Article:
Thomas Cravino

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Service no: 3782 [1]

Place of birth: Mullion Creek, 1892

Address: Maxwell Street, Wellington

Occupation: Labourer

Next of kin: Elizabeth Rowe (mother), Maxwell Street, Wellington

Date of enlistment: 26 October 1915

Place of enlistment: Holsworthy

Age at enlistment: 21

Fate: Embarked HMAT A54 Runic, Sydney, 20 January 1916. Disembarked, Alexandria, 26 February 1916. Embarked, Alexandria, to join British Expeditionary Force, Alexandria, 27 March 1916. Disembarked, Marseilles, 3 April 1916. Taken on strength 2nd DBD, Etaples, 5 April 1916. Taken on strength 19th Battalion, France, 13 May 1916. Admitted to 1st Canadian Clearing Station with a gunshot wound to the back, 27 May 1916. Admitted to 13th General Hospital 28 May 1916. Embarked HS Cambria, Boulogne, 6 June 1916. Admitted to 1st Australian Auxiliary Hospital, Harefield, England, 10 July 1916. Transferred to Convalescent Depot, Epsom, 18 July 1916. Taken on strength 5th Training Battalion, 9 October 1916. Rejoined battalion, France, 24 June 1917. Admitted to 54th General Hospital, France, with bursitis and bronchitis, 15 December 1917. Embarked St David for England 27 December 1917. Admitted to 1st General Hospital, Liverpool, 28 December 1917. Transferred to 1st Australian Auxiliary Hospital, Harefield, 14 February 1918. Granted furlough from 19 February to 5 March 1918. Rejoined battalion, France, 10 May 1918. Killed in action, France, 29 August 1918.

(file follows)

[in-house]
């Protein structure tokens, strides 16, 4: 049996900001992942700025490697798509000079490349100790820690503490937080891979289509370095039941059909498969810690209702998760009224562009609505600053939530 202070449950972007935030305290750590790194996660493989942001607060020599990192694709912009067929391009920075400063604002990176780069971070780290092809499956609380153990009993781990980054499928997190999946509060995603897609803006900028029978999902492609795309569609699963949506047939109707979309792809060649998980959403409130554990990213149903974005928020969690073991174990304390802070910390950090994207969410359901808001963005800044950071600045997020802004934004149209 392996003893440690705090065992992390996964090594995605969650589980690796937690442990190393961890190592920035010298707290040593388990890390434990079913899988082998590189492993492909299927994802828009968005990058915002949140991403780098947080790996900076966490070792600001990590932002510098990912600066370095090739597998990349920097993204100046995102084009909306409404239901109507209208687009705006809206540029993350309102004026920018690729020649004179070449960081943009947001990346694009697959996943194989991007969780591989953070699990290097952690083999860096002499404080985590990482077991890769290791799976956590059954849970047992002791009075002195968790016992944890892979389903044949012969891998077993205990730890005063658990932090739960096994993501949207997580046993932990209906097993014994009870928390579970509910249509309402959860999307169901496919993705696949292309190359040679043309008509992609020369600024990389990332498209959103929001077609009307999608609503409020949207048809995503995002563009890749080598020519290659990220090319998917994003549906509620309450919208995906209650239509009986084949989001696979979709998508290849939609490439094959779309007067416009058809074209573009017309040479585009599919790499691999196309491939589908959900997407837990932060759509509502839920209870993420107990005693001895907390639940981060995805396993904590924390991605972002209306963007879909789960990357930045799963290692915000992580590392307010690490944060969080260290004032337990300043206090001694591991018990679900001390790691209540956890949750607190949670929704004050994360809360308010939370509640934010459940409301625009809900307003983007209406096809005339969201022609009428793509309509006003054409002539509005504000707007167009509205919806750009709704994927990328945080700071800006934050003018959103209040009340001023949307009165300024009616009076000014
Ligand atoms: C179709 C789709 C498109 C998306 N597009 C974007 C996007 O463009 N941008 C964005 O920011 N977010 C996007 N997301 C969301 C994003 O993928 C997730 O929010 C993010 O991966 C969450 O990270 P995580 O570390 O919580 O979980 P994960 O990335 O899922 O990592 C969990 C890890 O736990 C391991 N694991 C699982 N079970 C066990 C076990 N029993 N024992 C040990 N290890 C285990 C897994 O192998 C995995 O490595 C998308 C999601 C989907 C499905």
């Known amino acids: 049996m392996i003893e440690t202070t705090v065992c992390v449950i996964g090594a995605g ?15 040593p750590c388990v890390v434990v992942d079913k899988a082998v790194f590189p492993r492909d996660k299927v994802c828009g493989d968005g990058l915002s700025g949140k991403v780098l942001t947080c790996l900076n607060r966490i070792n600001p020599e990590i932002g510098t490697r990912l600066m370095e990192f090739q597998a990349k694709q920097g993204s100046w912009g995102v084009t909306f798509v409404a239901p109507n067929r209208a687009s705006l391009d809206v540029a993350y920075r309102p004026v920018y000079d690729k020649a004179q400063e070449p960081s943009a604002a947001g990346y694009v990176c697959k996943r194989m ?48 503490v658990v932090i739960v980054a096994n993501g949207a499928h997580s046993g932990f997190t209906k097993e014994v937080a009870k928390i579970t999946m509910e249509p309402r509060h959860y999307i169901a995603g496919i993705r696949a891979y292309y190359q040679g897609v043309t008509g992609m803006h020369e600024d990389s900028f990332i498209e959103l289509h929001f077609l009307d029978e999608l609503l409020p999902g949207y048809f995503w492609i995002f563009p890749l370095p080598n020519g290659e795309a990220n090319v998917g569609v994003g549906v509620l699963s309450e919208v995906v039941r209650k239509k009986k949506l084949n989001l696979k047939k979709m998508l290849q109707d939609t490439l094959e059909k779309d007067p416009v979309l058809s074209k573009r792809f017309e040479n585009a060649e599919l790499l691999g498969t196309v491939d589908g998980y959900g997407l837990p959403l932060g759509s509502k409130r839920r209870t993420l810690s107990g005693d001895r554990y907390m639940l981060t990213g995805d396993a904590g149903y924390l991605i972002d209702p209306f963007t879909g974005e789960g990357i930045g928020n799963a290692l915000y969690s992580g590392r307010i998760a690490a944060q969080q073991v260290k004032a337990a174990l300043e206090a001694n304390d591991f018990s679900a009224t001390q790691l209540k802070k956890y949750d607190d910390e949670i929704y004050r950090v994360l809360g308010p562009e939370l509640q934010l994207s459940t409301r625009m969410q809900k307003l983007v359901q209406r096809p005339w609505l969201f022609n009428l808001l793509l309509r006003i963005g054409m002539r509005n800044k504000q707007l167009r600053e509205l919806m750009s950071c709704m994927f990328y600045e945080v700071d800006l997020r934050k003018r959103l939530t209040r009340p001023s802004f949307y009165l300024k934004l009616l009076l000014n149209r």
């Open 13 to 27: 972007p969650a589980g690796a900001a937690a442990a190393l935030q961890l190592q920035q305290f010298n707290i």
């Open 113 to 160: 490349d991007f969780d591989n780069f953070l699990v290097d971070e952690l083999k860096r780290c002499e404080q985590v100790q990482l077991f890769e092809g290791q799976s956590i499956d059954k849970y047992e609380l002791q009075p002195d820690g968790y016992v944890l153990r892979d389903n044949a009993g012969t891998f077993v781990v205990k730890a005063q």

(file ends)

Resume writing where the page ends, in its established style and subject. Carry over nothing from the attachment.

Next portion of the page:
Date of death: 29 August 1918

Buried: Assevillers New British Cemetery, France, Plot 2, Row F, Grave 4

Thomas Cravino was born in Mullion Creek in 1892 to gold prospector Thomas Cravino snr and his wife Elizabeth nee Smith. He was educated at the Wellington Public School and was later employed by Thomas Rowe of North Wellington.

In October 1915 Thomas travelled to Holsworthy to enlist in the First World War. He was assigned to the 19th Battalion, 9th Reinforcement as a private.

Private Cravino embarked for overseas service in January 1916. He served in Egypt for one month, until joining the British Expeditionary Force and proceeding to the Western Front in France.

In late May Private Cravino was wounded in action, sustaining a gunshot to the lower back. He was transferred to the 1st Australian Auxiliary Hospital in Harefield, England, and later to the Convalescent Depot in Epsom.

In October 1916 Thomas was taken on strength with the 5th Training Battalion. He rejoined his battalion in France in June 1917.

Thomas was admitted to the 54th General Hospital in December 1917 with bursitis and bronchitis. Six weeks later he was again transferred to the 1st Australian Auxiliary Hospital in Harefield for treatment. After a period of furlough Thomas rejoined his unit in France in May 1918.

Thomas Cravino was killed in action on 29 August 1918 during the Battle of Mont Saint-Quentin. He is commemorated on panel number 88 on the Roll of Honour at the Australian War Memorial in Canberra.

Thomas’ brother William Cravino also served in WWI; he returned to Australia in July 1918.

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